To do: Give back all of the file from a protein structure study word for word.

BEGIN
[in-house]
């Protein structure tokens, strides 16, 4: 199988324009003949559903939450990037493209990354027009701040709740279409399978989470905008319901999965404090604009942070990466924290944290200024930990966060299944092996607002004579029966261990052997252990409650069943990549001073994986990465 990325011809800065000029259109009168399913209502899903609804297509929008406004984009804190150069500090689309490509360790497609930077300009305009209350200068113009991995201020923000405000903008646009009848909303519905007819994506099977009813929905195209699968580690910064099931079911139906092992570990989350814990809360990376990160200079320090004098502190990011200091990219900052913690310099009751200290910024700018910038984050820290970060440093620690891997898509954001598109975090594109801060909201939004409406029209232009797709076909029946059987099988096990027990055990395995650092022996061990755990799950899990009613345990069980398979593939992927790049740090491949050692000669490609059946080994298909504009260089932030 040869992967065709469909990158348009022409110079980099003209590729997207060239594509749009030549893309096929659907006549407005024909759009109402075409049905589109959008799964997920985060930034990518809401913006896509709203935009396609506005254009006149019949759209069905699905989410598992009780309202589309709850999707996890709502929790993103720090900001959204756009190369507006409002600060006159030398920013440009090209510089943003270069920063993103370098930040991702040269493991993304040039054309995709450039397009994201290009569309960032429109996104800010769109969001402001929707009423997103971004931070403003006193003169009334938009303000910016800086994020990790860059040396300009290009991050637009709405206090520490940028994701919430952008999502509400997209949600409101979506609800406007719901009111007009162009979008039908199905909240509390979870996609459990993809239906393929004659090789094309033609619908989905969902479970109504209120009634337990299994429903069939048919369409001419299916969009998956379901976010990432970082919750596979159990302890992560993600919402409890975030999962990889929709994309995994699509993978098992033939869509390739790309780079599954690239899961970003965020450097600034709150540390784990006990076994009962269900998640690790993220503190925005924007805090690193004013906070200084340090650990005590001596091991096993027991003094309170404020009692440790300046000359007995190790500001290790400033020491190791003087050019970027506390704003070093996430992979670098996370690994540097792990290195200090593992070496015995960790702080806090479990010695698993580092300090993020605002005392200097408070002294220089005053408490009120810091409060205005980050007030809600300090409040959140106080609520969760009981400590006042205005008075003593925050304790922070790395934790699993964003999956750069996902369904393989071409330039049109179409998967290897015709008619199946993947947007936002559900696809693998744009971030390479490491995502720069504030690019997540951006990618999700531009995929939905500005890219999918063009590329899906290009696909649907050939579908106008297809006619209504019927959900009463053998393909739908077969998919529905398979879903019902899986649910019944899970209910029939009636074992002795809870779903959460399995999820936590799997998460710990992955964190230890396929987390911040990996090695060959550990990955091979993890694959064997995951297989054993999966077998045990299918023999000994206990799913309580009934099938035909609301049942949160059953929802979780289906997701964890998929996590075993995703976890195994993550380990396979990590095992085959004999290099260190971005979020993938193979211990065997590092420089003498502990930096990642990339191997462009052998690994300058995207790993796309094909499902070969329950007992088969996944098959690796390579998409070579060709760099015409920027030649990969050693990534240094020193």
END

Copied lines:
[in-house]
């Protein structure tokens, strides 16, 4: 199988324009003949559903939450990037493209990354027009701040709740279409399978989470905008319901999965404090604009942070990466924290944290200024930990966060299944092996607002004579029966261990052997252990409650069943990549001073994986990465 990325011809800065000029259109009168399913209502899903609804297509929008406004984009804190150069500090689309490509360790497609930077300009305009209350200068113009991995201020923000405000903008646009009848909303519905007819994506099977009813929905195209699968580690910064099931079911139906092992570990989350814990809360990376990160200079320090004098502190990011200091990219900052913690310099009751200290910024700018910038984050820290970060440093620690891997898509954001598109975090594109801060909201939004409406029209232009797709076909029946059987099988096990027990055990395995650092022996061990755990799950899990009613345990069980398979593939992927790049740090491949050692000669490609059946080994298909504009260089932030 040869992967065709469909990158348009022409110079980099003209590729997207060239594509749009030549893309096929659907006549407005024909759009109402075409049905589109959008799964997920985060930034990518809401913006896509709203935009396609506005254009006149019949759209069905699905989410598992009780309202589309709850999707996890709502929790993103720090900001959204756009190369507006409002600060006159030398920013440009090209510089943003270069920063993103370098930040991702040269493991993304040039054309995709450039397009994201290009569309960032429109996104800010769109969001402001929707009423997103971004931070403003006193003169009334938009303000910016800086994020990790860059040396300009290009991050637009709405206090520490940028994701919430952008999502509400997209949600409101979506609800406007719901009111007009162009979008039908199905909240509390979870996609459990993809239906393929004659090789094309033609619908989905969902479970109504209120009634337990299994429903069939048919369409001419299916969009998956379901976010990432970082919750596979159990302890992560993600919402409890975030999962990889929709994309995994699509993978098992033939869509390739790309780079599954690239899961970003965020450097600034709150540390784990006990076994009962269900998640690790993220503190925005924007805090690193004013906070200084340090650990005590001596091991096993027991003094309170404020009692440790300046000359007995190790500001290790400033020491190791003087050019970027506390704003070093996430992979670098996370690994540097792990290195200090593992070496015995960790702080806090479990010695698993580092300090993020605002005392200097408070002294220089005053408490009120810091409060205005980050007030809600300090409040959140106080609520969760009981400590006042205005008075003593925050304790922070790395934790699993964003999956750069996902369904393989071409330039049109179409998967290897015709008619199946993947947007936002559900696809693998744009971030390479490491995502720069504030690019997540951006990618999700531009995929939905500005890219999918063009590329899906290009696909649907050939579908106008297809006619209504019927959900009463053998393909739908077969998919529905398979879903019902899986649910019944899970209910029939009636074992002795809870779903959460399995999820936590799997998460710990992955964190230890396929987390911040990996090695060959550990990955091979993890694959064997995951297989054993999966077998045990299918023999000994206990799913309580009934099938035909609301049942949160059953929802979780289906997701964890998929996590075993995703976890195994993550380990396979990590095992085959004999290099260190971005979020993938193979211990065997590092420089003498502990930096990642990339191997462009052998690994300058995207790993796309094909499902070969329950007992088969996944098959690796390579998409070579060709760099015409920027030649990969050693990534240094020193």